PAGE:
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Explore the benefits of data center as a service

For organizations that might struggle to purchase and maintain their own data centers, they can turn to DCaaS, which enables them to lease data center facilities from a provider.

On-premises IT infrastructure supports large companies' data and computing requirements, but such infrastructure often remains beyond the reach of today's startups and small businesses. Instead, these businesses can turn to data center as a service as an option to support their IT infrastructure needs.

The cloud offers cost savings and increased scalability for small but growing organizations. However, data availability and security issues often arise for businesses with cloud and hybrid cloud infrastructures. Several data center providers offer DCaaS for organizations that require speed and adaptability in their IT infrastructure but can't afford the overhead costs that come with building and housing it on premises.

Organizations looking to divest themselves of hardware and the responsibility of looking after it should also consider DCaaS. The extensive options and combinations DCaaS can provide makes it increasingly attractive for certain larger organizations as well.

What is DCaaS?

DCaaS is a hosting service in which a provider provisions physical data center infrastructure and facilities to clients. Clients rent or lease access to the provider's data center without purchasing or maintaining the hardware and facilities. In return, they get remote access to the data center's storage, server and networking resources through a wide area network (WAN).

DCaaS provides facilities and services such as power, cooling, racks, capital equipment, bandwidth and experienced IT staff to clients. Providers can tailor the service to each client's needs. Many organizations offload the hosting and management of nonessential applications and services to the DCaaS in order to reduce the physical limitations of their on-premises infrastructure.

However, WAN disruptions for organizations using a DCaaS can sometimes leave applications unavailable. Clearly defined service-level agreements outline what happens during an outage, but organizations considering DCaaS should think about the implications of unexpected downtime on their business.

Another factor to consider when choosing DCaaS is the state of the provider's organization. Like any other tech-based business, DCaaS providers are subject to the same pressures and challenges as the rest of the IT world. They might merge with other companies, endure staffing issues or even go out of business, leaving clients to recover and restore affected applications on their own.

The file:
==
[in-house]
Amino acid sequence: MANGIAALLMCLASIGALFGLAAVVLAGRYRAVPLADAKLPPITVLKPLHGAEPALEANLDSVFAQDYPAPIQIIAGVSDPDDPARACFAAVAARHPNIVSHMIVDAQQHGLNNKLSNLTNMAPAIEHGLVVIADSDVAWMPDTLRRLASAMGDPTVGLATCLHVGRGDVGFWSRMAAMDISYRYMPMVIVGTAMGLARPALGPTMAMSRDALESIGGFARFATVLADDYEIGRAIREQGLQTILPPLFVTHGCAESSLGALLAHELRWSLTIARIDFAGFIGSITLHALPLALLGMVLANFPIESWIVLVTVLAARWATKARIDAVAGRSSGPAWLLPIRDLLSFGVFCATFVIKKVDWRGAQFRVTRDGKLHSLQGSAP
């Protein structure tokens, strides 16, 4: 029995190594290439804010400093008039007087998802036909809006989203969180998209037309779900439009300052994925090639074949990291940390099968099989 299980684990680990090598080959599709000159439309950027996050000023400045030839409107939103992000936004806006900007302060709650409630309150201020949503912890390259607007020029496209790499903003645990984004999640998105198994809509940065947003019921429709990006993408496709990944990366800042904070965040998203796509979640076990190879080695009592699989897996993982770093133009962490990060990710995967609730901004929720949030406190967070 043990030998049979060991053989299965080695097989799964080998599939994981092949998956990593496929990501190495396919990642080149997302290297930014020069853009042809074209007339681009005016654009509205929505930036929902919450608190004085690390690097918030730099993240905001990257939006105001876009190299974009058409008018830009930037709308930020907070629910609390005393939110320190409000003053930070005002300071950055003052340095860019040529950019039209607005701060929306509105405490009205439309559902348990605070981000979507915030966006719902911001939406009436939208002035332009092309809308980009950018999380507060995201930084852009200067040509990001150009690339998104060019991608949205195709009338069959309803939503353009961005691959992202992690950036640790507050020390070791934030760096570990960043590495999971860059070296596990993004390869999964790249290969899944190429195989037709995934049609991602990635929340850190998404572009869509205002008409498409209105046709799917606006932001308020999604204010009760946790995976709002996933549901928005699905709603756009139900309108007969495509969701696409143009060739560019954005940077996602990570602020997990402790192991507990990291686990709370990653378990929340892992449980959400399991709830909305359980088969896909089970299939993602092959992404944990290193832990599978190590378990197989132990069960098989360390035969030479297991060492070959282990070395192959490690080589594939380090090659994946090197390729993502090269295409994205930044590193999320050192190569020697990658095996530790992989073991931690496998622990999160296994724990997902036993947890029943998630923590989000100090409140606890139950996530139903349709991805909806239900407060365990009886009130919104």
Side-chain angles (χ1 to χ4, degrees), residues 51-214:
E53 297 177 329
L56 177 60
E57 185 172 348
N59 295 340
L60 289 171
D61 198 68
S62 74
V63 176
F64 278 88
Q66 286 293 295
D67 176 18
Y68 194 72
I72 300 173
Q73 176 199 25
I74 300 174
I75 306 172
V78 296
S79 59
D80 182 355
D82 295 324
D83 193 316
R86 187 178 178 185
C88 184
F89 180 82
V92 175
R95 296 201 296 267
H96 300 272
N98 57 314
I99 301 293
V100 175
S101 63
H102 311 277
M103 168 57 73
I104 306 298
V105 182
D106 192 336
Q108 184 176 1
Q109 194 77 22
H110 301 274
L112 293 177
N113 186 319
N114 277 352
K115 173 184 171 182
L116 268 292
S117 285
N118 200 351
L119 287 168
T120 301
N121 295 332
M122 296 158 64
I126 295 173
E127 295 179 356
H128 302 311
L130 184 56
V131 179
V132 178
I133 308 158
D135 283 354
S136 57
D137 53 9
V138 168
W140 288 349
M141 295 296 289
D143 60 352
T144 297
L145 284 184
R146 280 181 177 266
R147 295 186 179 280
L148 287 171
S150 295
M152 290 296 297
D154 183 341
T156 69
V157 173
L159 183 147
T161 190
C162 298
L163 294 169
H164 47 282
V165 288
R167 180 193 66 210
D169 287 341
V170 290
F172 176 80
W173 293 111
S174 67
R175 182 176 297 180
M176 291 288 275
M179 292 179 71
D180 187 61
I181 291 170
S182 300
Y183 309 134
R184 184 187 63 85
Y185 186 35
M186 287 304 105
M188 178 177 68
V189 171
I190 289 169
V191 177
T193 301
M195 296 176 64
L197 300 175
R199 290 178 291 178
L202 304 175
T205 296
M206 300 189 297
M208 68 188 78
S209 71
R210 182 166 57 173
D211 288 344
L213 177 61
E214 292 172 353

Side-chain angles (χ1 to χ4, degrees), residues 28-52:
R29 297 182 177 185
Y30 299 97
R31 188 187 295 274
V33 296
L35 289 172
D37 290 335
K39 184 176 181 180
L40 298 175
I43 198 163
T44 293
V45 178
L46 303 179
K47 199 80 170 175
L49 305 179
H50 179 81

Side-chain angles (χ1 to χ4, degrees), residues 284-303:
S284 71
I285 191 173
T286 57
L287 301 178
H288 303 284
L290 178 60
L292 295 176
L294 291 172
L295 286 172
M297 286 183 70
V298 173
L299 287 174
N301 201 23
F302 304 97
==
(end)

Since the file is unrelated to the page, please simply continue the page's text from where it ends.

Ease multi-cloud setup

Some organizations use multiple cloud services to meet different business needs. Many of these businesses seek to incorporate their multiple clouds into a single network, but this can present a difficult task. DCaaS providers, however, already design complex networks to meet their various clients' needs and can more easily stitch together a cohesive network from multiple cloud vendors.

Using multiple clouds with a DCaaS combines the public cloud's scalability with the increased security and control of a private one. This can ensure high availability of systems and limit risk of exposure for data and applications.

Lower the cost of entry

Smaller organizations often struggle to set up and maintain a private cloud because they lack the budget or resources for it. A DCaaS enables businesses such as these to enjoy the same IT infrastructure as larger organizations with less money or fewer resources. This in turn enables them to dedicate their resources elsewhere until they can make the investments larger organizations do at the start.

For example, a company can handle internal applications and services they wish to keep on-site, while they contract with a DCaaS provider to manage nonessential or noncore applications such as project management, payroll and sales reporting in the cloud.

Always-on services

Data centers offer continuous uptime, which is critical for technology-based organizations. Such businesses require reliable networks in order to deliver products and services to customers, and unexpected downtime can cause severe financial and reputational damage.

Combining a DCaaS with hybrid or multi-cloud architecture gives organizations redundancies and backups that create flexibility when disaster strikes. In addition, a DCaaS' remote resources can help them identify potential problems and deal with them efficiently ahead of time to avoid costly disruptions.

Easy scalability

Scaling IT infrastructure always presents a problem for IT pros, no matter the size of the organization. Data centers always require more capacity, facilities and budget to keep pace with business growth, but the organization's private cloud or on-premises infrastructure might limit that growth.

Partnering with a DCaaS ensures organizations always have IT resources at the exact moment they need them. Scaling up or down only requires an adjustment to monthly billing or subscriptions.

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